Uber is giving up on an effort it has invested 5 years and over $1 billion into. The company, which was developing its own self-driving technology through its subsidiary Advanced Technologies Group (ATG), is now selling this unit to Aurora Technologies, an Amazon-backed startup that develops sensors and software for autonomous vehicles.
“By adding the people and technology of Uber’s Advanced Technologies Group to the incredible group we’ve already assembled at Aurora, we’re shifting the landscape of the automated vehicle space,” said Chris Urmson, co-founder and CEO of Aurora. “With the addition of ATG, Aurora will have an incredibly strong team and technology, a clear path to several markets, and the resources to deliver.”
The deal is valued at $4 billion, which Reuters said is “disappointing” given that the company was worth $7.25 billion last year . However, Uber is not completely bailing out on its self-driving dream, as the ride-hailing company will be investing $400 million into Aurora, giving it a 26% stake. Uber CEO Dara Khosrowshahi is also joining the startup’s Board.
“Few technologies hold as much promise to improve people’s lives with safe, accessible, and environmentally friendly transportation as self-driving vehicles. For the last five years, our phenomenal team at ATG has been at the forefront of this effort—and in joining forces with Aurora, they are now in pole position to deliver on that promise even faster,” said Khosrowshahi.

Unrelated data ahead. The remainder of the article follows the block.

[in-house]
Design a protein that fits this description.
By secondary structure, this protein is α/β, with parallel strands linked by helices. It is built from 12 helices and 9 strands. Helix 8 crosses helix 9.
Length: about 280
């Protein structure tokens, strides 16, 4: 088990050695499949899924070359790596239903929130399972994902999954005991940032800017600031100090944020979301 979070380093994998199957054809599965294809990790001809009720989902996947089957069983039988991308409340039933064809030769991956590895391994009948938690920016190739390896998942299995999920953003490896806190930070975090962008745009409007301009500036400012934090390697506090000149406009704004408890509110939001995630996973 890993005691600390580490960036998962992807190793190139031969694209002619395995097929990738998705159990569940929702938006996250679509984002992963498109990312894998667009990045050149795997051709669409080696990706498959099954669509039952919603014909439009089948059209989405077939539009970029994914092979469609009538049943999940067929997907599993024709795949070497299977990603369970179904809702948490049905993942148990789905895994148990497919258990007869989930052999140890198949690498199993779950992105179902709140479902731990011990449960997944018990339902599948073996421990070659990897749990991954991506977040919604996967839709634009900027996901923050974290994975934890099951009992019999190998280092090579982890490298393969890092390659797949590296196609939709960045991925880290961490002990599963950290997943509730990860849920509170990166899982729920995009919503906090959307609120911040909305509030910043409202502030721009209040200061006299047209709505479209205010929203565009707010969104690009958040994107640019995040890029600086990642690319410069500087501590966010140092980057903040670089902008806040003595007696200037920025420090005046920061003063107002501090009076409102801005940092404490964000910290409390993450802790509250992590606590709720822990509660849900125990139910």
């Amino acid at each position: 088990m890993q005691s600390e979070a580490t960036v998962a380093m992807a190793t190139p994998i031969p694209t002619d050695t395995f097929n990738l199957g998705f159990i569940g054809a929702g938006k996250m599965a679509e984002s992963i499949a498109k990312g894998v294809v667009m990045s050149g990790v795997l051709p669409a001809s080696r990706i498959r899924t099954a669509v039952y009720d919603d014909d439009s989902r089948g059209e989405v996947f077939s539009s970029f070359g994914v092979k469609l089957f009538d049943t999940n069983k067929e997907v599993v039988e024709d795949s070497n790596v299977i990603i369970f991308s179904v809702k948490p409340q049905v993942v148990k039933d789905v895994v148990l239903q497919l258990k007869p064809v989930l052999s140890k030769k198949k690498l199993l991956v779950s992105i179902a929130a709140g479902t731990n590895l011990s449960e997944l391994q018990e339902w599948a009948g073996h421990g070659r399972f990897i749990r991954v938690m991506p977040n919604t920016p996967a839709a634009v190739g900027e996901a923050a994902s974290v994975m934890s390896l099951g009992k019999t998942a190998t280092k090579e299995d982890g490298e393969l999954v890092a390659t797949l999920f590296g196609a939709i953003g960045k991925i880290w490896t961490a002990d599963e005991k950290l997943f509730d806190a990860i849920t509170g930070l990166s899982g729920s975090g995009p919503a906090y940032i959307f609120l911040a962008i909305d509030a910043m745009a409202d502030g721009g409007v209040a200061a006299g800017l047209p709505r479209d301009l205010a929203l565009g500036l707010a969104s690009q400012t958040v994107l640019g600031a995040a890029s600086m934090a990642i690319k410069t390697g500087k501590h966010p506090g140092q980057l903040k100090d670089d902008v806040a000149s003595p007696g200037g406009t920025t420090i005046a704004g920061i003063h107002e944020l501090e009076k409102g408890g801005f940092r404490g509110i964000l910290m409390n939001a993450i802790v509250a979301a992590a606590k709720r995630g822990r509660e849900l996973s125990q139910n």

Still, the selling of a unit Uber had high hopes for in the past indicates that the company is most likely shifting to a lower gear.
“When [Uber] went public in 2019, its ambitions spanned autonomous vehicles, bike-sharing, food delivery, freight and other markets,” Reuters said. “Now Chief Executive Dara Khosrowshahi is selling its self-driving unit for a stake in autonomous startup Aurora – a sign that its ambitions are shrinking.”
Uber has never made a profit since it was first founded in 2009, and this latest move most likely indicates the company is trying to refocus its efforts on the ventures with the best returns. According to Investopedia, the company’s delivery business produces the highest revenues, while its ride-hailing arm is the most profitable. For years, the company has struggled to find the right balance that will finally bring it out of the red, and this latest sale is just one of many steps it is seemingly taking.
“Developing driverless technology was a key priority when Uber’s founder and former chief executive Travis Kalanick was leading the ride hailing firm, since he saw it as a way to reduce costs,” the BBC said. “But the programme hit setbacks after one of its cars was involved in a deadly crash in Arizona, though officials blamed human error for the accident and declined to bring criminal charges against the company.”
The BBC also said that ATG was “tangled up in legal fights over allegations of technology theft,” so the division was seemingly more of a fuss than it was worth. It was also making a loss, like most of Uber’s other ventures, so this move makes sense at this time.